Donald Trump has managed to lead the Republican presidential race for months without running a single television ad. Now, with a few weeks left before the Iowa caucuses (where Trump is polling slightly behind Sen. Ted Cruz), he's finally taking to the airwaves — spending $2 million a week on TV ads in Iowa and New Hampshire. And this is his first ad:
The ad's script, as transcribed by CBS News:
TRUMP: I'm Donald Trump and I approve this message.
ANNOUNCER: The politicians can pretend it's something else, but Donald Trump calls it radical Islamic terrorism. That's why he's calling for a temporary shutdown of Muslims entering the United States until we can figure out what's going on. He'll quickly cut the head off ISIS and take their oil. And he'll stop illegal immigration by building a wall on our Southern border that Mexico will pay for.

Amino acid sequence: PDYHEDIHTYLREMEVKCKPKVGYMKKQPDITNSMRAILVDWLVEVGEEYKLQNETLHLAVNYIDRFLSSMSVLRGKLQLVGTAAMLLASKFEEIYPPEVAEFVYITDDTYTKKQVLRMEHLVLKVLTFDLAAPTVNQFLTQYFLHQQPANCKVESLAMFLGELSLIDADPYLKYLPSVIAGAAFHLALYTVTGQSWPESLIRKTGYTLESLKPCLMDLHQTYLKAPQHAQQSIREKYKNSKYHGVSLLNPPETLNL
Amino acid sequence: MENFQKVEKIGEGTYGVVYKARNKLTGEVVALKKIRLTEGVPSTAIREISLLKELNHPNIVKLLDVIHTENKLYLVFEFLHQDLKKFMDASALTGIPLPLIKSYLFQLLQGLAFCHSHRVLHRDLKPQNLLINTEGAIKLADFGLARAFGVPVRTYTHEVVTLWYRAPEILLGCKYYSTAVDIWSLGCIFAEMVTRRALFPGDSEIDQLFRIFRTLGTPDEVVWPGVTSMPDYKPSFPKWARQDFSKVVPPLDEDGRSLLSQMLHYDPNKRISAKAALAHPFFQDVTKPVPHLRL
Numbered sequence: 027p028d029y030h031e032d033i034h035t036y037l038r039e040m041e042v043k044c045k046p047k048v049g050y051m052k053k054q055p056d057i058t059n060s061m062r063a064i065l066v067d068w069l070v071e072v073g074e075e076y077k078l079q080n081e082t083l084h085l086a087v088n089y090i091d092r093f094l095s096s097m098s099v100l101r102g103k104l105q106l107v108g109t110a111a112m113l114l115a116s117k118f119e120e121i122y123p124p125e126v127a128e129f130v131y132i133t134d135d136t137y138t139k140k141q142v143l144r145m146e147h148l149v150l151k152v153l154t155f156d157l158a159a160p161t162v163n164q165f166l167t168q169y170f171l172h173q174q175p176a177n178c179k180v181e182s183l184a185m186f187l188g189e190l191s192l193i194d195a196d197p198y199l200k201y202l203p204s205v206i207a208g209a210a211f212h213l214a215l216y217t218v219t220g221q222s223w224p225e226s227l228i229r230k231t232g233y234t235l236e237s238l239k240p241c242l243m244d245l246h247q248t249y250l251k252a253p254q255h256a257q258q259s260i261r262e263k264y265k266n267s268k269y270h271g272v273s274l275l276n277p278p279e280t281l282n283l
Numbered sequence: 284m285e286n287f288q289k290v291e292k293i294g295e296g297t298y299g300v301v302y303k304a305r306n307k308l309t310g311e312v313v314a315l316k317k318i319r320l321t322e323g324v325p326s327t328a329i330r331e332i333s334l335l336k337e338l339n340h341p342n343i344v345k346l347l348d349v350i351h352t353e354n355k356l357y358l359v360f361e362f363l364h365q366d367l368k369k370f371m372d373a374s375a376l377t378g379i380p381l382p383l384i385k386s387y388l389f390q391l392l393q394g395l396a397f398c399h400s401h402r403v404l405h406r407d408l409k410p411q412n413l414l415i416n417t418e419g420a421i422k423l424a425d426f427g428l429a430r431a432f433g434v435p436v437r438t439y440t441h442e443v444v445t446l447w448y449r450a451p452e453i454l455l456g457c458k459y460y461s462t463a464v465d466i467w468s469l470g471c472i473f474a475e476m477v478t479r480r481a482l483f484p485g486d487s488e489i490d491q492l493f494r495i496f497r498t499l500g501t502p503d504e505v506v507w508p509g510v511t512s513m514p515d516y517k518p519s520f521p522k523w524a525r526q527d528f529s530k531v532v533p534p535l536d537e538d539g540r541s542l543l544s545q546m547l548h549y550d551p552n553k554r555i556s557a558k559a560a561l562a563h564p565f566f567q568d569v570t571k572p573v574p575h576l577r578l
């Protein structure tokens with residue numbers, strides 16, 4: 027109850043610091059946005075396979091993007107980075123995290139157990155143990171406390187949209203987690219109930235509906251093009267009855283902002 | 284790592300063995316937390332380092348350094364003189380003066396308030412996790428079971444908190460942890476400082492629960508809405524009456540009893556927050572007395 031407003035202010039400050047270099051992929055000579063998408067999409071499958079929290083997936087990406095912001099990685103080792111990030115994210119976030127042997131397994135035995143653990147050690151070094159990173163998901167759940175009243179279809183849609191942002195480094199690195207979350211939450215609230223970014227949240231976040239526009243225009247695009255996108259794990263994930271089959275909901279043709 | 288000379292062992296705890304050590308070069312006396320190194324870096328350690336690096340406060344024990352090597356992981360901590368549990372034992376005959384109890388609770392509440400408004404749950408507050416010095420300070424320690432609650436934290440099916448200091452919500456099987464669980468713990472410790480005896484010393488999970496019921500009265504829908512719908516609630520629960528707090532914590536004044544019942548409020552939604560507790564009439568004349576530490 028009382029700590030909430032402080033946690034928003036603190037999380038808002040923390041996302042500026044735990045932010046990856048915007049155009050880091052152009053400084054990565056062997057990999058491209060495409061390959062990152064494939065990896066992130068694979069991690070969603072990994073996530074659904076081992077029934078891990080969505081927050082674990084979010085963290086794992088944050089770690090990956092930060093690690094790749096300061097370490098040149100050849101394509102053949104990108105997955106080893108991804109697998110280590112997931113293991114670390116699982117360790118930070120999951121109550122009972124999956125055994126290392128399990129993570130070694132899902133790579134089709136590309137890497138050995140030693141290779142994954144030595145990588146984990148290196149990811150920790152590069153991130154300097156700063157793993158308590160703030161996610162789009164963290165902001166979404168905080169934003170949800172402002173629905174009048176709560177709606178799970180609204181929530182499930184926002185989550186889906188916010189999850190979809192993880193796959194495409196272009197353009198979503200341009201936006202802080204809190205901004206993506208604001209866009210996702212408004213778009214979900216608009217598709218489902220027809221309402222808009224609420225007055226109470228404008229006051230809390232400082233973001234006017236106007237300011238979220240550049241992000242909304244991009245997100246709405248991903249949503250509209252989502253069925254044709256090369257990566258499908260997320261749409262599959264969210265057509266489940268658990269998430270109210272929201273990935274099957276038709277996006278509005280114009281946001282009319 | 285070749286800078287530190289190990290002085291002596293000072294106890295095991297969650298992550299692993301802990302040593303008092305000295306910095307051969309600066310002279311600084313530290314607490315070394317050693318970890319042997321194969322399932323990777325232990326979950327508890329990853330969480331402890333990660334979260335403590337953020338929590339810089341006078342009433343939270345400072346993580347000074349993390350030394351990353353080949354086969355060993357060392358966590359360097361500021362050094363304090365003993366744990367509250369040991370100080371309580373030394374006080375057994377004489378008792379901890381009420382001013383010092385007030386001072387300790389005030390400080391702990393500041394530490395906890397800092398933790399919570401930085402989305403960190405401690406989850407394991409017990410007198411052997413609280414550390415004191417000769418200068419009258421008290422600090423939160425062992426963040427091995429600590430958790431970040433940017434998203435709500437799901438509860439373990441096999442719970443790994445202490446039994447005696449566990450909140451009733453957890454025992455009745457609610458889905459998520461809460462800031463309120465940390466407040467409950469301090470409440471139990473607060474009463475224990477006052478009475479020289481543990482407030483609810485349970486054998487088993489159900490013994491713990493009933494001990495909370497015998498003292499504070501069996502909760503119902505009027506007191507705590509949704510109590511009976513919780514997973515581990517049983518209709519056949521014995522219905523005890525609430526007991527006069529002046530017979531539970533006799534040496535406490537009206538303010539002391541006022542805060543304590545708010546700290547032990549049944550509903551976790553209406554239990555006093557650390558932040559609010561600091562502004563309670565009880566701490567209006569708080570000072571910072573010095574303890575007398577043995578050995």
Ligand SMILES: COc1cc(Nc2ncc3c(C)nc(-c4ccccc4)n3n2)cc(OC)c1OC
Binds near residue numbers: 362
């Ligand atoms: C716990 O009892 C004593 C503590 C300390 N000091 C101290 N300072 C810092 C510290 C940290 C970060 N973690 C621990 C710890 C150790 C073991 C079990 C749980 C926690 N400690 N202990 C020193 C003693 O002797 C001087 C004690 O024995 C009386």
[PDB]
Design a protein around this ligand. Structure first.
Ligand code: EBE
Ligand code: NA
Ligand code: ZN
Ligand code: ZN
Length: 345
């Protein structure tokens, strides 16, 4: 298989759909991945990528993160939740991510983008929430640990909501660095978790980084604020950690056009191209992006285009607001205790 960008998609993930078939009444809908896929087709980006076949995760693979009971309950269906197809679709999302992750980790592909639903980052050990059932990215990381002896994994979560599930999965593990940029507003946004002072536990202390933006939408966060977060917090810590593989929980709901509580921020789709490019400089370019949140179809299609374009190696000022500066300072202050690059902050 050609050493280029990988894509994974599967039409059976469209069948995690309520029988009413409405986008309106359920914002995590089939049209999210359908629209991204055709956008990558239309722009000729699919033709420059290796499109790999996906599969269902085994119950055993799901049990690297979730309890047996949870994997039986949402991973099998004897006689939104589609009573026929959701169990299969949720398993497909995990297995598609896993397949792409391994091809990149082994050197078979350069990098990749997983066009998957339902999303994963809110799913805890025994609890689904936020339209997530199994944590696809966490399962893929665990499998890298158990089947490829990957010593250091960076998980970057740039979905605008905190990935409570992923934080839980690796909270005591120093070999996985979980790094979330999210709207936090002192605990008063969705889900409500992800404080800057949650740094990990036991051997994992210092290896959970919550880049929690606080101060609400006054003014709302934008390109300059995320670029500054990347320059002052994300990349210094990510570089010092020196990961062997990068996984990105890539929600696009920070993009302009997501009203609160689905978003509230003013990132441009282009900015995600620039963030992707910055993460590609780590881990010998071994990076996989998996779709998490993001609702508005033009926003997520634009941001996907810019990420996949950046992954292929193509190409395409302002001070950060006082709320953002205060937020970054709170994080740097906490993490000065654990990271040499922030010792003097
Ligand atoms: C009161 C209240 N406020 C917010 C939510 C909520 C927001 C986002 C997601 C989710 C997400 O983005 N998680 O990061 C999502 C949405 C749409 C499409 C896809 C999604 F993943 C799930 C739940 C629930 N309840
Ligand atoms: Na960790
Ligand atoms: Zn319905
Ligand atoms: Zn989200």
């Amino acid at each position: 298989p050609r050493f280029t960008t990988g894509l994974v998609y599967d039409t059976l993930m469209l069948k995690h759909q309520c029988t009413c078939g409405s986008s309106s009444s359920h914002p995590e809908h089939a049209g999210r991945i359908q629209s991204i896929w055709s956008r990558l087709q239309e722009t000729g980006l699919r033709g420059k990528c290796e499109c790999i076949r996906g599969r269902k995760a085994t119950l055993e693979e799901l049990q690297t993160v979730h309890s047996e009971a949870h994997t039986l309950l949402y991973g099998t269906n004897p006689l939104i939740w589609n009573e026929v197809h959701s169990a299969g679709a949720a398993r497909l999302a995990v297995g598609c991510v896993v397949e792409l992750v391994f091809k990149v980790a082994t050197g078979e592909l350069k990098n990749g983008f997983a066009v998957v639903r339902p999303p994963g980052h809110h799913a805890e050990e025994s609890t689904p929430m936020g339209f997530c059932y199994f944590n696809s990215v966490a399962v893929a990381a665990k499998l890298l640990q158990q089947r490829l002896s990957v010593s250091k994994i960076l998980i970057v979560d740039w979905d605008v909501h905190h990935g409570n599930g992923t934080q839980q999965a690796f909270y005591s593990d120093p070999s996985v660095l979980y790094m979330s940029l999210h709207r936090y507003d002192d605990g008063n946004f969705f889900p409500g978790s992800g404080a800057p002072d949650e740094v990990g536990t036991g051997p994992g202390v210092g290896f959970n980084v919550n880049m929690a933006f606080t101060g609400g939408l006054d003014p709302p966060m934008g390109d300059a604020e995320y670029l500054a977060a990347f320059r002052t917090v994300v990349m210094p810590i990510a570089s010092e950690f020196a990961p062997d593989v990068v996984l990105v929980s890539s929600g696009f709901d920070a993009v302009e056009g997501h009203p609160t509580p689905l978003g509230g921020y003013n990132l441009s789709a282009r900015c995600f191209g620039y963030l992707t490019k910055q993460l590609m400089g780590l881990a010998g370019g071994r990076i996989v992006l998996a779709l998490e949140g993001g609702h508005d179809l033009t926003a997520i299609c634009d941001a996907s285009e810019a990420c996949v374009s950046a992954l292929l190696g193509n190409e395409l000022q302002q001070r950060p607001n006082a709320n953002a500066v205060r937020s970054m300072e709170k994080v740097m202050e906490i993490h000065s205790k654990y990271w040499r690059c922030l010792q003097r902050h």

TRUMP at rally: We will make America great again.
This is basically a "greatest hits" of the Trump proposals that have drawn the biggest outcries — not just from liberals and the media but from the Republican establishment. Trump's promise to "make Mexico pay for the wall" has been mocked by Jeb Bush; his proposal to ban Muslims from entering the United States was condemned not just by Bush but by Cruz and Sen. Marco Rubio, at last month's Republican debate.
Trump's campaign appears to believe that this is what Republican voters really love about their candidate: that he's willing to do things in the name of protecting America that even other Republicans think go too far. This has been part of the Trump campaign from the beginning. But there were certainly other themes the campaign could have drawn on in its first ad to depict Trump as the truly independent candidate: talking about his success as a businessman, or hyping up his independence from wealthy donors or special interests. It's certainly worth noting that the campaign gravitated to the things that people who aren't Donald Trump fans are most likely to find offensive.